Publication Cites Tolar Systems President
The business world is changing fast, and the main reason it is changing fast is because it is being driven by information technology, more commonly referred to, today, as simply “I.T.”
And “I.T.” is everywhere. Its latest manifestation? That might be a phenomenon that has arisen in the energy industry. This year we're hearing about something new in oil and gas. It's called the “Digital Oilfield.”
The digital oilfield is a product of information technology breakthroughs that have been augmented by communications breakthroughs. Together, these capabilities have changed how the oil and gas industry talks to itself, how the oil and gas industry thinks about itself, how the oil and gas industry controls itself. The oilfield today is managed, in greater or lesser degree, by something called an “industrial control system.”
Remote wells, gathering systems, storage tanks, pipelines, and other infrastructure in the oilfield is increasingly controlled in real time by remote sensors, monitors, and automation systems that turn the industry into one huge interconnected data system.
Because of this, data security in the oilfield is more critical than ever. The editors of PBOG, a monthly oil and gas trade magazine published in Texas, sought out expert opinion on where this phenomenon is taking the oil industry, and industry in general, in their two-part series on the Digital Oilfield, which runs in the October and November issues of that magazine, which can be found online at pbog.com.
Lance Tolar, president of Abilene, Texas-based Tolar Systems, Inc., is a key source quoted in both installments of that series. The magazine also interviewed Brian Engle, Chief Information Security Officer for the state of Texas, as well as a handful of other I.T. authorities. The result is a picture not just of how technology impacts oil and gas, but of how technology is transforming the farthest corners of our modern industrial processes.
Tolar shared insightful remarks on the subject of “corporate buy-in” of I.T. strategy—an essential, Tolar said, if any company hopes to succeed with its I.T. plans—and on a phenomenon he called “Bring Your Own Device,” or BYOD. The BYOD issue centers on the negative implications of the use of employee-owned handheld devices, such as smartphones and tablets, which can, if allowed into the wifi systems of their employer's main computer systems, compromise that very system.
But Tolar's remarks encompassed more than just these topics, as these quotes from the article suggest:
“I think people fail to ask the right questions early,” Tolar said.
“Organizational security, I.T. security, is about establishing and practicing good processes as much as it is about investing in good solutions. If you don’t have corporate buy-in and a good culture to not only create good I.T. policies, but also practice them, users are going to find ways to circumvent. That’s what you want to avoid.”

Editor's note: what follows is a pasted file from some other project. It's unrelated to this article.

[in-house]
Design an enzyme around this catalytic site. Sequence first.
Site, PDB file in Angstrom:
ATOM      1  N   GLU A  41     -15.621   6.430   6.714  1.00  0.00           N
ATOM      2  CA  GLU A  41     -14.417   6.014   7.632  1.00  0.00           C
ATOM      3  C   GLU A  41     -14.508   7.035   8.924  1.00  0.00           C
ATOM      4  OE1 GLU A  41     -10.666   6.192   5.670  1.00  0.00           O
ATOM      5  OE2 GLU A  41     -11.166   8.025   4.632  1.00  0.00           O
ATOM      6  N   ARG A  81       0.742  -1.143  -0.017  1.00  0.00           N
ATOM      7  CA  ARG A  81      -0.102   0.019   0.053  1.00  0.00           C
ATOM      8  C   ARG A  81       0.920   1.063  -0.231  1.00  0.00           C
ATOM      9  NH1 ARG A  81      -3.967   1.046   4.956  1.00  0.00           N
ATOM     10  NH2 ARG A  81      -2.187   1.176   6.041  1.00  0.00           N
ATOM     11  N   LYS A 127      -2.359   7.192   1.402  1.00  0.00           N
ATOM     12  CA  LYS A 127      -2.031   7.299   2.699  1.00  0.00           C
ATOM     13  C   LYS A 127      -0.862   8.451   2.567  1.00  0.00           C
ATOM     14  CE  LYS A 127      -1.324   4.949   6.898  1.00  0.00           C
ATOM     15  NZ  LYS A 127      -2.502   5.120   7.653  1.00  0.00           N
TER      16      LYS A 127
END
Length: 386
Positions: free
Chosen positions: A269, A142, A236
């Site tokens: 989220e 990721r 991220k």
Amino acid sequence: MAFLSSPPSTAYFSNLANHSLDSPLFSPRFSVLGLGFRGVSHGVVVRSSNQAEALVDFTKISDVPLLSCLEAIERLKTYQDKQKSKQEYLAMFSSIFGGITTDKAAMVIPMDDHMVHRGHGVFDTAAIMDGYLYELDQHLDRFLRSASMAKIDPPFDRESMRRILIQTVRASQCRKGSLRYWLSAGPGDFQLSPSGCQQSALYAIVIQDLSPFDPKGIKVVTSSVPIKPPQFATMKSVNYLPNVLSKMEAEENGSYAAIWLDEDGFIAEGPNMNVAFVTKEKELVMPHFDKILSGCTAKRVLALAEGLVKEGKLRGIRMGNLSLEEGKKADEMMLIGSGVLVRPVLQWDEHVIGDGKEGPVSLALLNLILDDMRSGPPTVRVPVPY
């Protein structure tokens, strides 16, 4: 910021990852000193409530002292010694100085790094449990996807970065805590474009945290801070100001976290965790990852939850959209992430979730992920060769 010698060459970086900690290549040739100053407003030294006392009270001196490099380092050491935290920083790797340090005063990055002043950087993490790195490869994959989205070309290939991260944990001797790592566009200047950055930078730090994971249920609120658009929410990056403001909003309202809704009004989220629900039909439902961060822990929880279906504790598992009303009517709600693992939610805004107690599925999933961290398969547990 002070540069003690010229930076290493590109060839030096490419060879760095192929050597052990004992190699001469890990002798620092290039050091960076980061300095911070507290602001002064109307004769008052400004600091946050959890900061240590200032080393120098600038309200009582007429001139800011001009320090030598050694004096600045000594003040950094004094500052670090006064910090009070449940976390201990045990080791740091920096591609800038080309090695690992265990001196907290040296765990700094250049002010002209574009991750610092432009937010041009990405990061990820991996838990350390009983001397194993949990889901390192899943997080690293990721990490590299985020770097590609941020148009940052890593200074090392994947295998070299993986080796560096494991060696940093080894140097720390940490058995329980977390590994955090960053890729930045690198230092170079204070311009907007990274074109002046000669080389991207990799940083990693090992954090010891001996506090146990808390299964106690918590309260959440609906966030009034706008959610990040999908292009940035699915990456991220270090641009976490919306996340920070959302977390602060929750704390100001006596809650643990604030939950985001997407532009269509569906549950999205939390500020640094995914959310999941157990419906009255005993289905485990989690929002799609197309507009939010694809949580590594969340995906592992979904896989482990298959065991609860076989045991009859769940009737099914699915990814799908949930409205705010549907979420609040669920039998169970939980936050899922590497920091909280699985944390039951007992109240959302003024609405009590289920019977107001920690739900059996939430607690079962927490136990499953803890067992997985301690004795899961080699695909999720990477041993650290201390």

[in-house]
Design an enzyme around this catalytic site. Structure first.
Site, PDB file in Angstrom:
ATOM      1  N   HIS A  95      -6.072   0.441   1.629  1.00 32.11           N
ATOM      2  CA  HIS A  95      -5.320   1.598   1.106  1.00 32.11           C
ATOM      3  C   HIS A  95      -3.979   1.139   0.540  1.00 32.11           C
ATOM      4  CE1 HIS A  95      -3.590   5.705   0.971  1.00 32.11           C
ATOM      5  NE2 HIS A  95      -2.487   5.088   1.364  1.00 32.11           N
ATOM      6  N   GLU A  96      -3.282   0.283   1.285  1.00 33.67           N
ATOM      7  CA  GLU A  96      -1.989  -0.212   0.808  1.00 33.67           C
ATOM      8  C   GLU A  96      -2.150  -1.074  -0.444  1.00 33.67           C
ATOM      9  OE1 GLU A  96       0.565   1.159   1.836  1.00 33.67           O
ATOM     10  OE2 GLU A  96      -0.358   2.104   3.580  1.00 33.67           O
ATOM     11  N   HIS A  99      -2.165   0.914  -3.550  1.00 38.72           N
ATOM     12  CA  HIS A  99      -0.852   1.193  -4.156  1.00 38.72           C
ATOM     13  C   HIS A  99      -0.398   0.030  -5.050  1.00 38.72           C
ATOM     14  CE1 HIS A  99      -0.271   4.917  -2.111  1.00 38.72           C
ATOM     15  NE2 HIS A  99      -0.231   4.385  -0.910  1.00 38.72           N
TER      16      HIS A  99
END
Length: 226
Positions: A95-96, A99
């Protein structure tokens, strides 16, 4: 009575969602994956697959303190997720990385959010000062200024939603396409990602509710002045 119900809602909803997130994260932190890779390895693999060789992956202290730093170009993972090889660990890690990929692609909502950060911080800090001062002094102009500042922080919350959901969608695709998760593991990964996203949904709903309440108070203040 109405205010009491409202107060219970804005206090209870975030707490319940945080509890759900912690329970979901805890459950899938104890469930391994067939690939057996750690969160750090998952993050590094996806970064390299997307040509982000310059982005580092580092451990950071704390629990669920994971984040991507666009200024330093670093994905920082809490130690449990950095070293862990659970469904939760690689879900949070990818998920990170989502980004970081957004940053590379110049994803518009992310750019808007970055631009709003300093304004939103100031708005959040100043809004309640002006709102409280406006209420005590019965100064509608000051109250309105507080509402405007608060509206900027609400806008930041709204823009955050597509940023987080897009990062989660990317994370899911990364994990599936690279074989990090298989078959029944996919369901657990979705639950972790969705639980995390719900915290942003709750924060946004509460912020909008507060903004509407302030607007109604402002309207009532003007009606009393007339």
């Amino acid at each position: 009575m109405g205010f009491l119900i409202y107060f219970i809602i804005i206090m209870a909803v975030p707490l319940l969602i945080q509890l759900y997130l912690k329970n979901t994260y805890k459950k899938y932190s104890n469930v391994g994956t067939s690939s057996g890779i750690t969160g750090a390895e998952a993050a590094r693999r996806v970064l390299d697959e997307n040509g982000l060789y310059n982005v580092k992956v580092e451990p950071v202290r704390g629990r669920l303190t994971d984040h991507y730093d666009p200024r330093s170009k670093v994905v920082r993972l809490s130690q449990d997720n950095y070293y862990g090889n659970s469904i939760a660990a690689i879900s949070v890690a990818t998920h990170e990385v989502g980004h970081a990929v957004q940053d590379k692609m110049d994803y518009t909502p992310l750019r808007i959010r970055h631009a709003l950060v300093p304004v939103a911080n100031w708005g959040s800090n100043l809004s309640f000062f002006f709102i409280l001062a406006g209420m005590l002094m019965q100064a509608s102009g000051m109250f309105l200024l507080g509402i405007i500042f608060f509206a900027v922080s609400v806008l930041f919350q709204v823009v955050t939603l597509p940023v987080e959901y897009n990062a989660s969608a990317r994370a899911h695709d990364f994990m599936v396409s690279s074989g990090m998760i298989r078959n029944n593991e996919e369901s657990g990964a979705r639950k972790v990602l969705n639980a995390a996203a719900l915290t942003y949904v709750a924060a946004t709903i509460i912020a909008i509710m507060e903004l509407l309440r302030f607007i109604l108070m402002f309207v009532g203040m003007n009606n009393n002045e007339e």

Tolar said that companies must create good policies that protect them, and that they must go the extra step and practice those policies.
“But you’ve got to have buy-in from the corporate culture,” he added. “The organization has to have buy-in and believe in your process, so that they will use it and not try to circumvent it. It’s as much about vision and selling your users on a good solution as much as it is about buying a piece of technology.”
“When [the solution] naturally fits into the organization, then people will use it. We get the best I.T. when users enjoy it, it’s user-friendly, and it’s secure. It does what they need.”
Response to the first (October) article in the two-parter has been strong, according to PBOG Editor Jesse Mullins. “It's a ground-breaking series for us,” Mullins said. “We've not ventured previously into the realms of Information Technology, per se, nor have we ever previously covered data security. But it's clear that these are subjects that have a place in our industry, and they're something we'll be returning to as we move forward.”
Tolar, for his own part, acknowledged that just about any business today needs to be giving careful thought to its Information Technology policies and needs. That world is always changing, new vulnerabilities are emerging with each passing year, and the business of I.T. requires a commitment from any company. As he remarked:
“The important questions are these: 'What are your goals? Will the solution make me more efficient? Obviously, you’re changing something for a reason. Why are you changing it? Will installing the solution interrupt my business? Can my current staff be trained to use the solution? You always start with, 'Money is not an object.' Then the question becomes 'What are you trying to improve and what is your current process?' You [learn more about] what your current process is. We can then come back and make some recommendations on how to fix that, where it makes sense.”
To real the PBOG Magazine article in its entirety, visit this page.
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